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Fusion Orchestra - Skeleton In Armour CD (album) cover


Fusion Orchestra


Heavy Prog

3.70 | 48 ratings

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4 stars A little-known powerhouse of a band, Fusion Orchestra was one of the best of the many long-lost British groups that celebrated the new progressive sound of the early 1970s. Leader Jill Saward takes the reins as firmly as any male musician of her time and belts out a wail that could put some off, but her flute playing and contributions on synthesizer are of high quality and more than make up for any Ann Wilson-like hollering. And the band just rocks; Colin Dawson carves out tasteful and intelligent hard riffs on guitar, Sten Land fleshes things out on synth, guitar and horns, and Dave Bell & David Cowell are an ideal rhythm section. This, their only album, was easily trodden upon by the giant that prog had become by 1973. And that's a real shame, because this record, quietly released in '73 and a bit frayed at the edges, contains some of the most creative and distinct heavy progressive rock up to that point, and is a treasure seeker's find from that all too brief era when the majority of British rock was, in one way or another, 'progressive'.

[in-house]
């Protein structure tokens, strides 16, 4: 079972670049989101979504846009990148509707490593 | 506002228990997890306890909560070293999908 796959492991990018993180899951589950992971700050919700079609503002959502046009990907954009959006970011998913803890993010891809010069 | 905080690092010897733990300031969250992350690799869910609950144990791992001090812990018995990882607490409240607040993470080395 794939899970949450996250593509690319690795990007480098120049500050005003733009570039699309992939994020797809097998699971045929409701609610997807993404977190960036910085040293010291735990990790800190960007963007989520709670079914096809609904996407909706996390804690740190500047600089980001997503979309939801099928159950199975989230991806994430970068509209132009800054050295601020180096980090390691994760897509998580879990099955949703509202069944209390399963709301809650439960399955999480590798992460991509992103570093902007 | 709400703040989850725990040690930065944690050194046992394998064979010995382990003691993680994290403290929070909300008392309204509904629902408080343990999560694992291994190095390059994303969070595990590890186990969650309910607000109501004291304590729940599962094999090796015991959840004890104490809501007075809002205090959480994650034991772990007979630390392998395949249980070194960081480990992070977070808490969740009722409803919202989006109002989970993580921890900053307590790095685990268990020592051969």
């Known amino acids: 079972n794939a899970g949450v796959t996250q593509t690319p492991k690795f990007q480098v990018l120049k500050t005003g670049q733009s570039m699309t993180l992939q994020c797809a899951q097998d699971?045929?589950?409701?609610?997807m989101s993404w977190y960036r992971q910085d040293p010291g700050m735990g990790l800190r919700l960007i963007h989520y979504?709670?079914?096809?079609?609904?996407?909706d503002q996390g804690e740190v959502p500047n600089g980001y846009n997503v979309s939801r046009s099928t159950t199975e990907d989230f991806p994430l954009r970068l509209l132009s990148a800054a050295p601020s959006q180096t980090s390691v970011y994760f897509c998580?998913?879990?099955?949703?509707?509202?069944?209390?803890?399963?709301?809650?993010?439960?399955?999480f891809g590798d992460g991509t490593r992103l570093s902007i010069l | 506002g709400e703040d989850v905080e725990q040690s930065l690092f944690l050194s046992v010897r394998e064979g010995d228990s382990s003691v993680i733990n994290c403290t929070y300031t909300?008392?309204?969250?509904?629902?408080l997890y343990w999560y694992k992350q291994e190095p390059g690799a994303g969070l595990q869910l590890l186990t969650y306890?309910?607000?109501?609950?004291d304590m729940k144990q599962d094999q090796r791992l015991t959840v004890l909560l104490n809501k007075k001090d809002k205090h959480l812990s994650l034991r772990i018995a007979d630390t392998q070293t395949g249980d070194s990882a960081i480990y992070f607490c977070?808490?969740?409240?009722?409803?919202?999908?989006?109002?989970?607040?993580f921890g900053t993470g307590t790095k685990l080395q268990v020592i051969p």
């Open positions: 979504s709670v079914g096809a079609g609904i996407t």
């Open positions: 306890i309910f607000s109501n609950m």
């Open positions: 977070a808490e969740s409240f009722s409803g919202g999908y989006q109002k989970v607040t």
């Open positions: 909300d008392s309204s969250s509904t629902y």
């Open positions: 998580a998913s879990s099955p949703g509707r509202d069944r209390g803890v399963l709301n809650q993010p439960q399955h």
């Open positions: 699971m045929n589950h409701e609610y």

Though guitar-based and hard rockin' by nature, the band incorporated all sorts of things that were now available to the rock ensemble including classical structures, Baroque flirtations, smoky jazz fusion, street party fun, and metallic harmony. Best of all, they had a yearn for what a band could do within the standard rock format without becoming experimental, as on eleven minute 'Sonata in Z'. 'Have I Left the Gas On?' will remind of Tull but also of Babe Ruth sans the Spanish guitar, and the fabulous title cut is not to be missed. Out of place 'When My Momma's Not at Home' is an awful pop tune but 12-minute heavy symphonic blues opus 'Talk to the Man in the Sky' has great double-guitar lines, bedroom keyboards, and driving riff-rock that defies anything Rush would do in following years.

A rare find by an exceptional band that progressed and rocked equally well, and mandatory for fans of all those glorious second tier groups during this electrifying period.

Atavachron | 4/5 |


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